Credit: Stephanie Todaro
Credit: Stephanie Todaro

Chef Aarti Sequeira on the Spirit of Food, Bridging Traditions and Overcoming Imposter Syndrome

From Food Network Host to Cookbook Author, Meet Food Personality Aarti Sequeira

Name: Aarti Sequeira
Job Title: Food Personality, Journalist, Cookbook Author Chef Aarti Sequeira

It’s no secret that Aarti Sequeira has made a multi-faceted name for herself. Some of her titles include reality competition show winner, cooking show host, cookbook author, food personality, former producer and journalist—and on top of all that, she’s also a wife and mom. As a third-culture kid, it’s not surprising that Sequeira has a gift for juggling these identities, but her upbringing has also given her a special perspective on the relationship between home, culture and family recipes. Chef Aarti Sequeira

Long before becoming a Food Network mainstay or a cook, Sequeira had a special relationship with food. Born in India, raised in Dubai and taught in a British school, her palate wove an intricate, multicultural tapestry that celebrated food. “Cooking is such a huge part of my family’s identity,” Sequeira explains. “It was really tied into a reminder of where we came from. [It was] how we lived every day, how we celebrated things, how we went through things and how we stayed connected to our roots.”

Credit: Stephanie Todaro

After finishing her schooling and watching the Gulf War unfold in the early 1990s, Sequeira discovered a passion for journalism and attended Northwestern University’s Medill School of Journalism. She later worked as a journalist for CNN, then as a producer for HBO’s “Sand and Sorrow,” a documentary that covered the genocide in Darfur.

Then in her early 30s, Sequeira’s life began to shift gears. “I had gotten married and moved in with my husband, and I was unemployed. That’s when I really started cooking,” she says. Chef Aarti Sequeira

After interning under James Beard Award-winner Suzanne Goin at Lucques in West Hollywood, Sequeira began her own cooking vlog, “Aarti Paarti.” Then, with her husband’s encouragement, she auditioned for season six of “Food Network Star,” won the competition and has been a TV personality ever since. “It’s extraordinary,” she beams. “I can’t say it’s been a dream come true because I don’t think I ever dared to dream that this could happen.”

Credit: Stephanie Todaro

Despite all her accomplishments, Sequeira has experienced her fair share of self-doubt. “I have always really struggled with imposter syndrome,” she shares. “That’s because I didn’t go to culinary school, and I didn’t work in restaurants for years. So when I started making these cooking videos, it was almost like an experiment—I was doing it because something in me was compelling me to do it,” Sequeira continues. “I remember the first time that someone hired me to make cooking videos; there were cameras in my tiny little studio apartment in LA, and [I thought], ‘Oh my gosh. I’m getting paid to do this. Maybe this is something that God’s made me to do.’ I think that was the first moment where I thought, ‘It doesn’t matter what I think is the right way to go about things.’ I think that this is something that’s been ordained for me, and I just have to trust that.” Chef Aarti Sequeira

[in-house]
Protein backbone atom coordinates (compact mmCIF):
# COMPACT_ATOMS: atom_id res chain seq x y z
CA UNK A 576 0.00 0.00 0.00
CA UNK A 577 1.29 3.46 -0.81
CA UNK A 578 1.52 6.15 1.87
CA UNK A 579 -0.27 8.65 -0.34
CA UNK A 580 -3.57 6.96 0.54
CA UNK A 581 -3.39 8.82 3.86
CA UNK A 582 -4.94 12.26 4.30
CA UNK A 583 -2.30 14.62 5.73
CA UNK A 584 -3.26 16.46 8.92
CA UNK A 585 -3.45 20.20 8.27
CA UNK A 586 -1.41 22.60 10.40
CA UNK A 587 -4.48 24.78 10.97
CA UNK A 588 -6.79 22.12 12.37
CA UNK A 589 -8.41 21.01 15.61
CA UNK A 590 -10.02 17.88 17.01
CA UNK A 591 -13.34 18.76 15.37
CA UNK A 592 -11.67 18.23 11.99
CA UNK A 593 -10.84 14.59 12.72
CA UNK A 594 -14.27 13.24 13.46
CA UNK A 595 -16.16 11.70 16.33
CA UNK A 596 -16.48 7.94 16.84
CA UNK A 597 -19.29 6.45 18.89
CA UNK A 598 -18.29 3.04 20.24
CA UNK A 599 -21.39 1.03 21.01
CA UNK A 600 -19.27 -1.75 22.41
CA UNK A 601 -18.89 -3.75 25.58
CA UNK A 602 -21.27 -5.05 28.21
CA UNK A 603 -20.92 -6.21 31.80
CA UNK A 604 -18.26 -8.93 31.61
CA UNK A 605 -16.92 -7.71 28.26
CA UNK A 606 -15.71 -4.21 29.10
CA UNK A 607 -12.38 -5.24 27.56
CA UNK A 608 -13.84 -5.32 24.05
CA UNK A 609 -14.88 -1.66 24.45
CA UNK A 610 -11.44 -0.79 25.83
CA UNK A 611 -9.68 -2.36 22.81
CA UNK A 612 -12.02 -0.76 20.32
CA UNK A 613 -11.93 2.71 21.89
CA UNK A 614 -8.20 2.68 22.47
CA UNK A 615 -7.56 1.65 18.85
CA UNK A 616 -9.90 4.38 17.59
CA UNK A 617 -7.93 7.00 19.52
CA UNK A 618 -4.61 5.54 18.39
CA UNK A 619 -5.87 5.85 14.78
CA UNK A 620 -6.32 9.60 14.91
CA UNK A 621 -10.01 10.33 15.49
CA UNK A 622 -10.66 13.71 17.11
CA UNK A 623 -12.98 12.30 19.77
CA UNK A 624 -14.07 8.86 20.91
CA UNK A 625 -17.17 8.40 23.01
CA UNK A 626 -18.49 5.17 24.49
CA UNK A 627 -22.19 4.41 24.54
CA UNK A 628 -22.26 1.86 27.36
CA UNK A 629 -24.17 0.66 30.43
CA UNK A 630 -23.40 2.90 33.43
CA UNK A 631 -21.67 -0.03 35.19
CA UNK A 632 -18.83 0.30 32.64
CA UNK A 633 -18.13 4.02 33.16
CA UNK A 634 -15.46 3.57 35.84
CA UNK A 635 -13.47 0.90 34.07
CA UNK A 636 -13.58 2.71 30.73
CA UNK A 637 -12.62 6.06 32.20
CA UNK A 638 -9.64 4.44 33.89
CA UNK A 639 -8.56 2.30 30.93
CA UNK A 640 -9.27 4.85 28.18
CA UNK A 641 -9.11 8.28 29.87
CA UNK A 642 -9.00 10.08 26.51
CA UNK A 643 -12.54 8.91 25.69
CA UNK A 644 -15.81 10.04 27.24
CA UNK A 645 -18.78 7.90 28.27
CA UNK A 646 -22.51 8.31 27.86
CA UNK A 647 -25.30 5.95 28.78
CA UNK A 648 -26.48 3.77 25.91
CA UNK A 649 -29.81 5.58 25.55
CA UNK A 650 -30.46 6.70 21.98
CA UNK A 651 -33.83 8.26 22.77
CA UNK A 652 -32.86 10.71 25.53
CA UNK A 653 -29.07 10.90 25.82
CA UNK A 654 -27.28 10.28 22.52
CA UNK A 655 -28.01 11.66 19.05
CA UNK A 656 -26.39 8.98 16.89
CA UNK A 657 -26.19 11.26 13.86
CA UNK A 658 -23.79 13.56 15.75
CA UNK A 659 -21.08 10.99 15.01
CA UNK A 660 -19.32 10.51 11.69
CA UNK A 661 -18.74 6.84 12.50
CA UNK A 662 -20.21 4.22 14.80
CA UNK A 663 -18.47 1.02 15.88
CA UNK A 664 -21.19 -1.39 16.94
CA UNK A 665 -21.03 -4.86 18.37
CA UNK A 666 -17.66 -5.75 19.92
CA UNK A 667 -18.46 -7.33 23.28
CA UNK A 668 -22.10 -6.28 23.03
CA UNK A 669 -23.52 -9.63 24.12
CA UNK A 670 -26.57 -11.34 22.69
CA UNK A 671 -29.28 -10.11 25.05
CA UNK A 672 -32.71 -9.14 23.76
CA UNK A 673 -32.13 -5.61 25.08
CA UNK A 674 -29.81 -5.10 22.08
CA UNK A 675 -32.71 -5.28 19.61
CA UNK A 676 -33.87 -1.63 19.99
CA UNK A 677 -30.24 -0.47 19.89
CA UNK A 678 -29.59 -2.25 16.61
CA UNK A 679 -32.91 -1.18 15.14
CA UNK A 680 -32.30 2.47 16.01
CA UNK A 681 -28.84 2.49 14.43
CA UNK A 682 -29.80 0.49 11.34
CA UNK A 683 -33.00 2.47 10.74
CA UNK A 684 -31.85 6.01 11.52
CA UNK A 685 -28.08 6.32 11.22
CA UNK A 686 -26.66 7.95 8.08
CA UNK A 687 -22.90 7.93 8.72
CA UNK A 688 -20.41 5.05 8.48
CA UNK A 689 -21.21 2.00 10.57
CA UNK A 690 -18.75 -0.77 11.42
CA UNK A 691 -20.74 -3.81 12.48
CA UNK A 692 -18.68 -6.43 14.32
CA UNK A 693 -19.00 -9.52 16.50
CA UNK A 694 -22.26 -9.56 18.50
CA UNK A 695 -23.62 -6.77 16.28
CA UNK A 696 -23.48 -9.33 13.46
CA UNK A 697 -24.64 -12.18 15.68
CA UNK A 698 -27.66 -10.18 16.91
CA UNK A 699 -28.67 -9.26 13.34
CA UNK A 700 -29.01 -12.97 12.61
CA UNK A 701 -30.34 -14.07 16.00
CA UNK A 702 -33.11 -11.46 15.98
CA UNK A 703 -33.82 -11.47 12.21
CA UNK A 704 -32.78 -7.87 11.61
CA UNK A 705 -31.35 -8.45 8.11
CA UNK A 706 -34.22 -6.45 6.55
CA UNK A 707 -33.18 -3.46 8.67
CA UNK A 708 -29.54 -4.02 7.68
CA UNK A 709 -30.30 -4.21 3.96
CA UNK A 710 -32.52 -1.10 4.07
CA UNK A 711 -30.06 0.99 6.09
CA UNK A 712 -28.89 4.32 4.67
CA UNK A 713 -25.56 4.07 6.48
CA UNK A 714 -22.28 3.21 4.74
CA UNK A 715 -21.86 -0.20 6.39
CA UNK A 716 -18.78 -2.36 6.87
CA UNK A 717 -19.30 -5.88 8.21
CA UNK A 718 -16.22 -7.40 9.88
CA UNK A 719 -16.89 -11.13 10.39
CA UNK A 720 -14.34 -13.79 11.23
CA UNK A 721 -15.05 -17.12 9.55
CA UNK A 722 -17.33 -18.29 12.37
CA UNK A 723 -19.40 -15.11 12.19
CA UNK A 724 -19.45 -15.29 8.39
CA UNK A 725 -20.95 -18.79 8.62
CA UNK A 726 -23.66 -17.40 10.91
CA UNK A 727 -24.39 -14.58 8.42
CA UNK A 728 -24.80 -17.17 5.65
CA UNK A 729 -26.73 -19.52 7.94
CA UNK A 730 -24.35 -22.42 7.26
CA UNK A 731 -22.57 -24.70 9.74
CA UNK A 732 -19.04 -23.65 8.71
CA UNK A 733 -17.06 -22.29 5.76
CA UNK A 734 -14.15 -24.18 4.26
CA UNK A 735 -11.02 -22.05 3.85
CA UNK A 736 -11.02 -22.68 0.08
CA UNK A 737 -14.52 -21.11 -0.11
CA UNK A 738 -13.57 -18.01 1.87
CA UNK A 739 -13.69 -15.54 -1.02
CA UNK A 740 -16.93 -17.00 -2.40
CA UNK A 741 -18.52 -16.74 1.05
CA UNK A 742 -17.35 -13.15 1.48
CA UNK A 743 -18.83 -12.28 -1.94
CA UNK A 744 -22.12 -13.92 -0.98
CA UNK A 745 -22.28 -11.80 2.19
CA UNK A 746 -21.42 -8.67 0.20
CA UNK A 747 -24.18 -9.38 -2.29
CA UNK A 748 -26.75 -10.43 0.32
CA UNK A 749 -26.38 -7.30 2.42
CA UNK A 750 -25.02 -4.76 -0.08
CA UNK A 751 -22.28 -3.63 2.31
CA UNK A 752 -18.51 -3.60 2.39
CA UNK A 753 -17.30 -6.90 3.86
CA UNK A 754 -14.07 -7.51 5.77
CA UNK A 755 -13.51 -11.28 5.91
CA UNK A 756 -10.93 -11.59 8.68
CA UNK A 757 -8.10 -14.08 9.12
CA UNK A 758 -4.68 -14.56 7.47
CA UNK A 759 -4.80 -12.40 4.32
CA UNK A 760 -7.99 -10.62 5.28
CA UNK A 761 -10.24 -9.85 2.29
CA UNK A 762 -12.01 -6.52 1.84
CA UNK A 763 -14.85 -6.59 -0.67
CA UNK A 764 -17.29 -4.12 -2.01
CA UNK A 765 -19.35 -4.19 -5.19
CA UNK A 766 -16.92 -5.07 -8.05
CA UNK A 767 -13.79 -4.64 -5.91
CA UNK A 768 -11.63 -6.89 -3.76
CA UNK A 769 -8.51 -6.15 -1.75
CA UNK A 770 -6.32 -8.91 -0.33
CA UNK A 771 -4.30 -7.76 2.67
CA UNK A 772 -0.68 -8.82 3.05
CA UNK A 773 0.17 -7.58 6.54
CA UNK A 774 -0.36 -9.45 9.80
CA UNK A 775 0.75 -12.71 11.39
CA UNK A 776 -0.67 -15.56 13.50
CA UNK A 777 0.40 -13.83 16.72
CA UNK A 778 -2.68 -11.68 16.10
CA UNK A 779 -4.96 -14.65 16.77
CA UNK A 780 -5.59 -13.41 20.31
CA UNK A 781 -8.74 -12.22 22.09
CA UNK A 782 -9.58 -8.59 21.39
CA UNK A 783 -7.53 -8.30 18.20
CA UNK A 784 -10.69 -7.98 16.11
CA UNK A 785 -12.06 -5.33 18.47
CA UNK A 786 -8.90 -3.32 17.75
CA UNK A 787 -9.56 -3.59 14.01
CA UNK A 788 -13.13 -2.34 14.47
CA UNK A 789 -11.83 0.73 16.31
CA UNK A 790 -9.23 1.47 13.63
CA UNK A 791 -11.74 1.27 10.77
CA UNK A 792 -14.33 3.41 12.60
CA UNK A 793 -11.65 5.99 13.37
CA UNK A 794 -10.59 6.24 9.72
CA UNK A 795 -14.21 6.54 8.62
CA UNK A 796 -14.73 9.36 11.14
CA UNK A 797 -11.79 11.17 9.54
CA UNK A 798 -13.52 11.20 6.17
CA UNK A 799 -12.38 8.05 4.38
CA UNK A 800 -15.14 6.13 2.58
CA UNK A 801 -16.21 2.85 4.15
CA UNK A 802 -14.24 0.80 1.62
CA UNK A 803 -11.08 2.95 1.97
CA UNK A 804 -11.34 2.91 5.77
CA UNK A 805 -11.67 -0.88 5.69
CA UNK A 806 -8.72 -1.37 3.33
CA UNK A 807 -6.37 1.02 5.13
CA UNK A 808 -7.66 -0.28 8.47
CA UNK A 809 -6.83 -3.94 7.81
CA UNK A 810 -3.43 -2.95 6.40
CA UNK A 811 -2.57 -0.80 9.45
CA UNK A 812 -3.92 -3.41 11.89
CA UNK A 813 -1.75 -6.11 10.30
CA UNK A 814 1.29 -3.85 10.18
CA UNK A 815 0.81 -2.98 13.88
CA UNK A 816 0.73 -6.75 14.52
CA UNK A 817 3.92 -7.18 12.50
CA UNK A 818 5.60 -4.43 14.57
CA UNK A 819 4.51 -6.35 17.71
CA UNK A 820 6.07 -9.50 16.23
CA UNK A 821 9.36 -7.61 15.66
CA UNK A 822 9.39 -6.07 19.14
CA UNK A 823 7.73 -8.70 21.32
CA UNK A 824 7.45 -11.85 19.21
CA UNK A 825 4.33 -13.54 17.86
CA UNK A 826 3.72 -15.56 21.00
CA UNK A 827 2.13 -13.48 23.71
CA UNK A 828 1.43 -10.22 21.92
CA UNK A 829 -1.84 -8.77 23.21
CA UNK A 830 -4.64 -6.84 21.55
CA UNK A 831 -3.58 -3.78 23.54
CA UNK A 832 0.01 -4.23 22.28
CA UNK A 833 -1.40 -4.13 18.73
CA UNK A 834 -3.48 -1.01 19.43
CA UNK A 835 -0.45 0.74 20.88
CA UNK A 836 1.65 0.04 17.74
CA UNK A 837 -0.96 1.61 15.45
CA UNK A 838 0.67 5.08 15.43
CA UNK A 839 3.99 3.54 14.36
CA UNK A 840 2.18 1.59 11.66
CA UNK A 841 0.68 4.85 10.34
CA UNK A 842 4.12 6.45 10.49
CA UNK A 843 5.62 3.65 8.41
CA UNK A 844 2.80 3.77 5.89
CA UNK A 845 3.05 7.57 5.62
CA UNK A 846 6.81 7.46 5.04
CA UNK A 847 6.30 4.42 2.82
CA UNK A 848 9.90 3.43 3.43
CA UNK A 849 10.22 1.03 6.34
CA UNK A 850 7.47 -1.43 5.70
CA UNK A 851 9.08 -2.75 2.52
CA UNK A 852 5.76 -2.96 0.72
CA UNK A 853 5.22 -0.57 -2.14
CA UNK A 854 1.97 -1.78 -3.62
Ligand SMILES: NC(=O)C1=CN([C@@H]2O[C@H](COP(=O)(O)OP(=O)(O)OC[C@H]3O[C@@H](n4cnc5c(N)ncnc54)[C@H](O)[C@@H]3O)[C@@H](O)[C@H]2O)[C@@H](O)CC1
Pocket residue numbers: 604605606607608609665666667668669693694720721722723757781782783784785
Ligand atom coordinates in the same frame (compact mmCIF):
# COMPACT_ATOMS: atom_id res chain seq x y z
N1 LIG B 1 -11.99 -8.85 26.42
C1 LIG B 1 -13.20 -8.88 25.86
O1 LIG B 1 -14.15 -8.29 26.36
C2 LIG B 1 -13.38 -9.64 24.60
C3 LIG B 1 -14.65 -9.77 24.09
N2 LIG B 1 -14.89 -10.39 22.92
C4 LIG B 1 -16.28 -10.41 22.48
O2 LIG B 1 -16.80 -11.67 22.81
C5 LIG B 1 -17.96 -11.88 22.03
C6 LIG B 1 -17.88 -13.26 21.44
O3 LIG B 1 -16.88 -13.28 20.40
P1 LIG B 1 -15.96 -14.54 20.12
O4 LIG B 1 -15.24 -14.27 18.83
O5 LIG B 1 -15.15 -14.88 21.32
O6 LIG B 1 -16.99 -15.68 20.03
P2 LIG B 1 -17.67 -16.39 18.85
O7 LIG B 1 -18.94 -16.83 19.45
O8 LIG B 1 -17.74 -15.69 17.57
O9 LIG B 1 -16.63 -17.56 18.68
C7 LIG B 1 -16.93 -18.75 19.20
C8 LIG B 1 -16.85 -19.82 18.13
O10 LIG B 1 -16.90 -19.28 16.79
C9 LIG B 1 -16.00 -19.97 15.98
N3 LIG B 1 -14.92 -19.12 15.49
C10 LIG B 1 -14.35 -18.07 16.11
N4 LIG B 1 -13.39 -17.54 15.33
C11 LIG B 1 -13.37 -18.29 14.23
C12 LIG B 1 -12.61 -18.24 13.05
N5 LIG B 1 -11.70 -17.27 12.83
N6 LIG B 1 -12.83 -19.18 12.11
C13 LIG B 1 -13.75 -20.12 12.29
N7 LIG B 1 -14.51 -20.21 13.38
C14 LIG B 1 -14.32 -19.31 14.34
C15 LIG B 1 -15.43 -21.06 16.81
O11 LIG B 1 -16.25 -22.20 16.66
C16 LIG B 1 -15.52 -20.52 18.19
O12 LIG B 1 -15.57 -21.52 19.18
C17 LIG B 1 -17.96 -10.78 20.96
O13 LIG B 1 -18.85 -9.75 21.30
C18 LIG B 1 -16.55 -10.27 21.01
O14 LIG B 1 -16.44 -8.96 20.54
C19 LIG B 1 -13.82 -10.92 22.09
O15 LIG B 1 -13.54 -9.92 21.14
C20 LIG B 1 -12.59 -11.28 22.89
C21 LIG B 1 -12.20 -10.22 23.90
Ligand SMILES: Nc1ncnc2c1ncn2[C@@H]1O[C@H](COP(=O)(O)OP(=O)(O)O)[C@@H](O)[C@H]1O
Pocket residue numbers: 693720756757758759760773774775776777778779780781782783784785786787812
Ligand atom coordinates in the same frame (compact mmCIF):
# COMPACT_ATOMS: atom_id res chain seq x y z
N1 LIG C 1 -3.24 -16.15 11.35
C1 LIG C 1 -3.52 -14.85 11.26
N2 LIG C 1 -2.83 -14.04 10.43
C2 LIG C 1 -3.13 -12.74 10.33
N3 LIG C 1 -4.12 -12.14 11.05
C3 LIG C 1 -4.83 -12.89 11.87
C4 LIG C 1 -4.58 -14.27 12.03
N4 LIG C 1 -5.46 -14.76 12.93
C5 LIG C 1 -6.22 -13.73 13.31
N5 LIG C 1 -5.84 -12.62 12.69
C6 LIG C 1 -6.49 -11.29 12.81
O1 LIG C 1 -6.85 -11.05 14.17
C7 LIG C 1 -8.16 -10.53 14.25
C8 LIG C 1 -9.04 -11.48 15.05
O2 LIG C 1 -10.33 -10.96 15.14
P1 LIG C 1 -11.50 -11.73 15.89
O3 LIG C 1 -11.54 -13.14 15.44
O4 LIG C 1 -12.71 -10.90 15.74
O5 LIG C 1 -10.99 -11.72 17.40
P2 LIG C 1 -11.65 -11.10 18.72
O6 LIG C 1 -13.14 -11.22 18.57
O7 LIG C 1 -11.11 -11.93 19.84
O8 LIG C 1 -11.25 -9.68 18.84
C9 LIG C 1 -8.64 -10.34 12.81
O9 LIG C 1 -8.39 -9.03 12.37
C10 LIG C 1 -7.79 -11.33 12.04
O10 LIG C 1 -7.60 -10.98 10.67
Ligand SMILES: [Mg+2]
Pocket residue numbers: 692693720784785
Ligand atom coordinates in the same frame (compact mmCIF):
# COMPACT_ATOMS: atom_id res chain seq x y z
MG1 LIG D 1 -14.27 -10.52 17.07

Trusting herself and having faith have served Sequeira well; she’s amassed an impressive stack of professional triumphs. Among them: hosting “Aarti Party” and “Hidden Eats,” winning “Chopped All-Stars,” “Cutthroat Kitchen All-Stars” and “Guy’s Grocery Games” as well as creating her own cookbook (with a second one on the way soon!). Chef Aarti Sequeira

While her career teems with swiftness and excitement, Sequeira hasn’t forgotten to celebrate and appreciate what food means to her at her core, and that’s the beauty of coming together. So many of her important memories revolve around bonding over food, from her grandmother, Winnie, winking at her over freshly churned butter as a young child to enjoying granola with her husband and her eldest after swimming on a hot day. 

Sequeira sees food as a vehicle for connection—not only across cultures but across generations. Now as a mom to her own multicultural kids, she’s even more determined to keep those special family recipes alive and help others do the same. Inspired by her mother’s and her own recipe journals, Sequeira created a Family Recipe Journal so others can document their home’s unique traditions and flavors. 

“These recipes connect us to our family, whether we’re sitting at the table eating with them or not, whether they’re with us or they’ve passed, whether we knew them or we didn’t,” Sequeira notes, adding that one of her daughters is already interested in filling the recipe journal with her own creations.

“Food is unbelievably powerful. It’s one of the few things that can really connect us across time and space,” Sequeira says. “When we eat together, we are not in our heads at all. It’s a really visceral, soulful experience.”

Chef Aarti Sequeira

Aarti Sequeira
@aartipaartipics

Writer | Website | + posts

Born and raised near the Pacific Coast, Jordan Nishkian is a California girl through and through. She graduated from Cal State Long Beach with a BA in Creative Writing and a BA in Anthropology, and her favorite place to be is curled up in a comfy chair with a book in her hand and a pen in her hair.

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